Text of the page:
Industry Forum 2022: Jewellery Industry Network – Laura Moore, Managing Director

The highs and lows of 2021

It’s certainly been a year of challenges and I think the past few years have enabled jewellers to operate more dynamically and more quickly adopt digital assets that should hold them in good stead into the future. The lows have been the severe mental health challenges for all. Whether your business is doing well or struggling, the mental health impacts of this pandemic have been experienced by all to different degrees. It will take some time to get back to the confidence we had prior to the pandemic, but so long as we support each other and listen to each other, it will be a speedier process to recover.

How are you looking to use the next 12 months to gain a positive outcome for your business and a greater buying experience for your retailers?

The next 12 months for the Jewellery Industry Network will be exciting. We have a few things up our sleeves that we can’t wait to share with the industry and our large network of members. As we have done over the past year plus, we also want to continue to explore new ways of working so that we can bring more dynamic tools and assets to the Industry. We have really enjoyed working with so many incredible businesses and people over the past few years and want to continue to build on those relationships.

What do you think are the biggest challenges facing the industry moving out of lockdown?

I think there will be a couple of challenges we will need to face. One being consumer confidence and bringing back face-to-face retail quickly so that our bricks-and-mortar stores can continue trading. Without government support during these times, it’s critical that we have foot traffic return sooner rather than later. Another challenge will be maintaining the interest in locally made, hand made jewellery, that has been assisted by the pandemic. Due to the lack of travel and disposable income not being spent on experiences, consumers have had the ability to spend more money on jewellery and this has bolstered many businesses during this time. We need to nurture these customers and ensure that the sentiment around locally made jewellery remains strong.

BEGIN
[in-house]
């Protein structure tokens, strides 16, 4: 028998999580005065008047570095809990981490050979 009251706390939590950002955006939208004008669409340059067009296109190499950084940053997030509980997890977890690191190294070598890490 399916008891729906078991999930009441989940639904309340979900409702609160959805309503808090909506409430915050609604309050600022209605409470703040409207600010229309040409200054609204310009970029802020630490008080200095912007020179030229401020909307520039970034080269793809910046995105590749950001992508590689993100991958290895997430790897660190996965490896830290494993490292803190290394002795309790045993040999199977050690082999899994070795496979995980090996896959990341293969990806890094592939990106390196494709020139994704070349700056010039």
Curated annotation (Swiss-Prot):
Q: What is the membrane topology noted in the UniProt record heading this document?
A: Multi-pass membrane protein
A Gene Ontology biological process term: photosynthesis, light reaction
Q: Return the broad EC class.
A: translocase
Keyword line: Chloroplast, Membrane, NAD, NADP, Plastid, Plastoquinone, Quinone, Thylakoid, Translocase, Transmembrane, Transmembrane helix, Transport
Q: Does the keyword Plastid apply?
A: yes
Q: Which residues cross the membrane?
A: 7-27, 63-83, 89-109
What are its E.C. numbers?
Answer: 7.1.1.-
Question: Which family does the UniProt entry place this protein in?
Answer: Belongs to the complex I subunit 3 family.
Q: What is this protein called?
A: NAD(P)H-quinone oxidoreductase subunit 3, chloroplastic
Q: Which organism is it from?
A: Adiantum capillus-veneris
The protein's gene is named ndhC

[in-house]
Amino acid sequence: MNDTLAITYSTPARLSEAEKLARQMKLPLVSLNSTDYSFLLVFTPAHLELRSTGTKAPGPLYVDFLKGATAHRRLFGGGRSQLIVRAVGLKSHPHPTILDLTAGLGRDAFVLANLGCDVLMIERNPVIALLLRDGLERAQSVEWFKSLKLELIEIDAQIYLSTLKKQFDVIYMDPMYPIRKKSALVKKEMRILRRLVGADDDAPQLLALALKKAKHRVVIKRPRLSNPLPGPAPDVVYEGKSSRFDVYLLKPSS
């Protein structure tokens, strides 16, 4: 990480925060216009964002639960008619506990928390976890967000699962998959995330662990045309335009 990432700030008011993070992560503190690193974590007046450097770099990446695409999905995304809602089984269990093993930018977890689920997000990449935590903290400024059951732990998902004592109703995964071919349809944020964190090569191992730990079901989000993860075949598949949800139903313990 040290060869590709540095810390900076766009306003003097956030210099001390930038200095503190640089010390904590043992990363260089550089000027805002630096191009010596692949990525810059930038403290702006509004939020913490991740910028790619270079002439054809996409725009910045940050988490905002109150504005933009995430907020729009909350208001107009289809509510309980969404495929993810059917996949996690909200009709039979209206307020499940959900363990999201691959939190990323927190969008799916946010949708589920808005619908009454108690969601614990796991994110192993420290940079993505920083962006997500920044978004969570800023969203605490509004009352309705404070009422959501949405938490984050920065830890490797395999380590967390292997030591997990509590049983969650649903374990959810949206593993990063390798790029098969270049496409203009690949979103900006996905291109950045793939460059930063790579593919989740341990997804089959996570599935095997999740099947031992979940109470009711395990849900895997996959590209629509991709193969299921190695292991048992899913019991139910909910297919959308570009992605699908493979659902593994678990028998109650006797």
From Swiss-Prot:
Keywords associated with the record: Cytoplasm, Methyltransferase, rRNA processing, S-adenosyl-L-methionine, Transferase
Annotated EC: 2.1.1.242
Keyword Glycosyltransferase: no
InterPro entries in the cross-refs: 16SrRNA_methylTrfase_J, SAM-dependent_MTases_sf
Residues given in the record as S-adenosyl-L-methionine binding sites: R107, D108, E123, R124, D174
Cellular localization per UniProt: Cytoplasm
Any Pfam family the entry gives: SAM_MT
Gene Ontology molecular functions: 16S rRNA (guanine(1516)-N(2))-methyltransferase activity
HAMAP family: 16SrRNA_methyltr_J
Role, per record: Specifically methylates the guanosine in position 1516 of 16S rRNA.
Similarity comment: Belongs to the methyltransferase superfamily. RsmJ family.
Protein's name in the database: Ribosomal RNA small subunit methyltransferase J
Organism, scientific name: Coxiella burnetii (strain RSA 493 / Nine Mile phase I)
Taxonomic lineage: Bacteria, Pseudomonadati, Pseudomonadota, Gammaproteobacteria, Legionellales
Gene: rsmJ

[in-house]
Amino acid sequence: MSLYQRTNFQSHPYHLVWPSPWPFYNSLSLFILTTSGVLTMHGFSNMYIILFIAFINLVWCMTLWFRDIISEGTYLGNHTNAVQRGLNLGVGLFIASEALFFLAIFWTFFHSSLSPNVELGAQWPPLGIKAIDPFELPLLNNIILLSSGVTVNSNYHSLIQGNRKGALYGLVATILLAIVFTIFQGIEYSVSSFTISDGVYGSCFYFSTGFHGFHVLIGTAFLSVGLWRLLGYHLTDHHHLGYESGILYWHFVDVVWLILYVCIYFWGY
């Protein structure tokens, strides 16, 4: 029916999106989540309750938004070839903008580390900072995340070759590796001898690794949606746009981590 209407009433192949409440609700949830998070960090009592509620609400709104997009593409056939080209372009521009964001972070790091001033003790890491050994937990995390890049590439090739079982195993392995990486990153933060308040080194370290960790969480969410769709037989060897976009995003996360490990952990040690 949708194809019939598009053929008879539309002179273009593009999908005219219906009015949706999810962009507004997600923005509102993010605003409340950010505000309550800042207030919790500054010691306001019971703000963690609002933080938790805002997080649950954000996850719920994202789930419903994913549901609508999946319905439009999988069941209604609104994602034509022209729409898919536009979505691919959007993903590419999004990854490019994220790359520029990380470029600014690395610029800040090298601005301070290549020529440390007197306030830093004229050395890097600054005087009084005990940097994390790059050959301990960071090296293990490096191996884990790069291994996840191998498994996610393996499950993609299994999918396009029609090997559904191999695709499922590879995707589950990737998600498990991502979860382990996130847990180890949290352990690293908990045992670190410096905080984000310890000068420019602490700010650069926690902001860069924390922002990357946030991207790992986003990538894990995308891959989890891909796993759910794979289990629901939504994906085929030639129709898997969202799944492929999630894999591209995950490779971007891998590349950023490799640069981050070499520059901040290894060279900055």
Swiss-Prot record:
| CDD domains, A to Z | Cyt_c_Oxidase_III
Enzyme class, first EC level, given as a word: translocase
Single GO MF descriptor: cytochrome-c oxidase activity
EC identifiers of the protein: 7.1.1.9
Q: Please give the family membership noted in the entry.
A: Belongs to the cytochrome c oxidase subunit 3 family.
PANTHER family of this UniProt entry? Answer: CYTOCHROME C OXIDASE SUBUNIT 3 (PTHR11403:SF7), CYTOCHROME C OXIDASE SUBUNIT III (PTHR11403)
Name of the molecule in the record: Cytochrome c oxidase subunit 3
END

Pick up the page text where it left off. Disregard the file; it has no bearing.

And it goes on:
What do you think are the biggest opportunities have been with the borders being closed for so long?

The two biggest opportunities have been the ability for businesses to use the time in the past two years to build their digital assets and presence, and to also build their relationships and customer base with their local communities. Enhancing both digital and local focus will give retailers and manufacturers the ability to have two strong avenues to recruit customers.

What will you be doing differently in 2022 to drive your business forward?

We set out last year to launch the Jewellery Industry Network, which we had been working on for some time prior to the pandemic. We successfully launched our platform and have gained over 500 members in our first few months. We set out to build educational support, launch our Australian Designer merchandise, build events both online and physical and continue to grow our channels. We intend to drive all of these areas forward in 2022 and increase our membership offering along with more support for the wider industry.

With the reduction of businesses in the industry through retirement, businesses folding etc. what advice do you have for business to raise their profile and awareness?

For businesses that are relatively new or starting out in the industry, we would always suggest connecting with others as often as possible. This will assist with building business assets and resources, finding suppliers and materials and allowing you to find mentors and support programs that can assist you to grow. Even though businesses will have different ways of operating, there is always something to learn from each other, so connect, ask questions and then use that information to forge your own unique way ahead.

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